Wine Reviews

The Best Rose in the U S of A

With August in full swing, we are still looking to quench our rosé thirst. In fact that thirst might even stretch into September and beyond - though as the summer temperatures give way to cooler autumnal climes, you might want a rosé that’s got a bit of heft to it as a traveling partner. Domestic rosés have come a long way since the "white zin" era. People loved them because they were fun and fruity, but domestic rosé producers have broken free from that reputation. It took awhile, but the United States is producing some of the finest rosé in the world.

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Industry Insiders Recommend 3/2014

Top picks from Top Palates

In an effort to broaden the discussion about wine I’ve been pursuing retailers to participate in what I am calling the Industry Insider’s series. It will consist of wine recommendations on great fi...

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A Baker's Dozen: $30 Chardonnay

Top bottlings for savvy holiday shoppers

It’s always a good time to be talking about Chardonnay, but never better than now. As we lead into the holidays many will be faced with making the daunting choice of bringing a bottle or two to din...

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The Giant Killers?

$40 Cabernet should be great, but is it?

I recently participated in a small blind tasting in which two $40 Cabernets bested some much pricier rivals. I also have just finished sampling a case of $30 Chardonnay with an eye towards the upco...

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Blind tasting: 2010 Northern Rhones

Checking up on some recent releases

Jun 20, 2013 at 12:00am
Following on the heels of the much lauded 2009 vintage, the 2010 Northern Rhones are being offered all over the place, with both high scores and high prices as well. A historically small crop resul... Read More »


2000 Barolo

Drinking my way down memory lane in preparation for Piedmont

Jun 11, 2013 at 12:00am
While getting ready to make my annual pilgrimage to Piedmont, I like to get reacquainted with some of the wines. I already have a tasting of 2008 Barolo, a vintage I have previously praised quite h... Read More »


Carmenere: The Other Red Meat Wine

With grills firing left and right its time to take a look at Carmenere, a great wine for grilled red meat!

May 29, 2013 at 12:00am
I am a big fan of Carmenere, and really appreciate the way the fruit and savory flavors of a well done Carmenere pair with beef. Not just any beef, mind you. What comes to mind is a beautiful sirlo... Read More »


Gruner Around the Globe

Long associated with Austria, Gruner Veltliner is attracting interest from growers around the globe. How do the wines stack up? Lets take a peek.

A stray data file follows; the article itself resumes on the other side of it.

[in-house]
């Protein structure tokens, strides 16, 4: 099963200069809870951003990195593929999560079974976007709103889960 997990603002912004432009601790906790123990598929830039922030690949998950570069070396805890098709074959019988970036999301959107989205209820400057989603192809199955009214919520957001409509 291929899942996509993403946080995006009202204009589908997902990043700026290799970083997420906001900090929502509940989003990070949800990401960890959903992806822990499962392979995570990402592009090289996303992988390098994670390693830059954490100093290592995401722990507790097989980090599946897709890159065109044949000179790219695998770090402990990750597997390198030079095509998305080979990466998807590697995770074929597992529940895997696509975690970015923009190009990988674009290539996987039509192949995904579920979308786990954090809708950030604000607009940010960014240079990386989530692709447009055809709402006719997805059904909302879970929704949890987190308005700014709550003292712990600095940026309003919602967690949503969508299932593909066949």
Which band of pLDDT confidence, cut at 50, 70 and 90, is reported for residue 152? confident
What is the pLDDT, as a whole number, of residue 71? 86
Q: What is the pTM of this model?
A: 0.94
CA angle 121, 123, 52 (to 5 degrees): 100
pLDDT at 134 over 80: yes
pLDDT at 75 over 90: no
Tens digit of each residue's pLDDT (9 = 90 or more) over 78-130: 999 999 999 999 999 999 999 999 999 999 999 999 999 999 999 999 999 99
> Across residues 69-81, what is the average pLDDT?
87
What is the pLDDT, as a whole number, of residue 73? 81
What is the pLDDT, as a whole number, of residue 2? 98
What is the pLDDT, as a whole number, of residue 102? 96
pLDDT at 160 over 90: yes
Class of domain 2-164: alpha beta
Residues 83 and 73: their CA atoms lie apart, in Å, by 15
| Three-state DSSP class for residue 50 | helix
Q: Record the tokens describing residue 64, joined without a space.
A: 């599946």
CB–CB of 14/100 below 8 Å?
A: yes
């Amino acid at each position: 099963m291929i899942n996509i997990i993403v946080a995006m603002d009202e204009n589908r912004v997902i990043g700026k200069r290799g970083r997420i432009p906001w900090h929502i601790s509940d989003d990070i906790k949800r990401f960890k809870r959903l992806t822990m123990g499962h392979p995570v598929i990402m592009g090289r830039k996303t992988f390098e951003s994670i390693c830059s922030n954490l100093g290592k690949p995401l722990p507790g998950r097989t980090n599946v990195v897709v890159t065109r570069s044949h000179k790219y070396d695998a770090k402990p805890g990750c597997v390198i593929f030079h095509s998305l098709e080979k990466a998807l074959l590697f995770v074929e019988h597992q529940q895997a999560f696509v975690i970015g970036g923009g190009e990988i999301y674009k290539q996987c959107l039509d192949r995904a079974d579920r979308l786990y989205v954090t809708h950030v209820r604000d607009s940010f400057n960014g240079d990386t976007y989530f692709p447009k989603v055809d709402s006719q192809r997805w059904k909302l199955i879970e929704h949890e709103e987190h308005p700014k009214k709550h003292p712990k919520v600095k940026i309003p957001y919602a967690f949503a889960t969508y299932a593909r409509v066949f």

May 21, 2013 at 12:00am
Gruner Veltliner, arguably the original hipster wine, has grown up and become a standard in the classical pantheon of top white wines. Along the way it was revealed that in Austria, Gruner is often... Read More »


Blind Tasting: 2009 California Cabernet

Pitting Davids against Goliaths. Who performed best in this challenging vintage?

May 20, 2013 at 12:00am
Blind tasting is the great equalizer. When you taste wines blind, you learn what you actually think of a wine, as opposed to what you expect to think. With this in mind, I assembled a set of eight ... Read More »


A Calistoga Classic

Belated notes from a Chateau Montelena Dinner

May 14, 2013 at 12:00am
Last year I was lucky to have suffered from an excess of riches, but my travel schedule pushed reporting on many events to the bottom of my pile. I'm only now catching up with all of my notes, so w... Read More »


From the Cellar: Zinfandel

With Zinfandel on the brain, GDP gives us a peek at some of his cellar selections

May 9, 2013 at 12:00am
I’ve had Zinfandel on my mind as of late. From attending the ZAP Festival in January right up to my recent efforts to pair grilling recipes with Zins, they’ve been a major focus of my recent effort... Read More »


Bedrock Vineyards

Preserving old-vine Zins and old school winemaking

May 7, 2013 at 12:00am
Bedrock, a word filled with connotation, and one well-chosen for Morgan Twain-Peterson's fledgling wine company. The son of one of California's Zinfandel heroes, Joel Peterson of Ravenswood fame, M... Read More »


Petite Sirah

Californias darling grape is game for grilling

May 2, 2013 at 12:00am
Like Zinfandel, Petite Sirah is primarily a California wine: the Golden State’s long, sunny growing seasons are necessary to ripen Petite Sirah’s substantial tannins and reveal its rich blackberry ... Read More »


Italian White Wines for Spring

Wines to expand your horizons, from the land of vines

Apr 30, 2013 at 12:00am
Enotria, the land of vines, was the ancient Greek name for Italy and a very appropriate one at that. Today much of Italian white wine is dominated by a handful of white wine varieties, yet it remai... Read More »

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  • 41453lizjewel I am surprised at the name change from Shiraz to SYRAH. I was just getting used to Shiraz. I wonder what it was called before it was Shiraz, anyone know? As a native Swede I'm not impressed by the name change. The word SYRAH does not ring well in a Swedish ear. The Swedish word "syra" (no h) means "acid". Yeah... Try selling "acid" wine to the Swedes, they'd get a good laugh!

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  • 1144627CheloSpahn This is a response for Lizjewel: You don't have to worry about the names becuase both name are used. The only difference is that "Syrah" is used in Argentina, Chile, Brazil, Spain and USA. Shiraz is for Australia Basically. Well that's the information as a professional I can contribute with!

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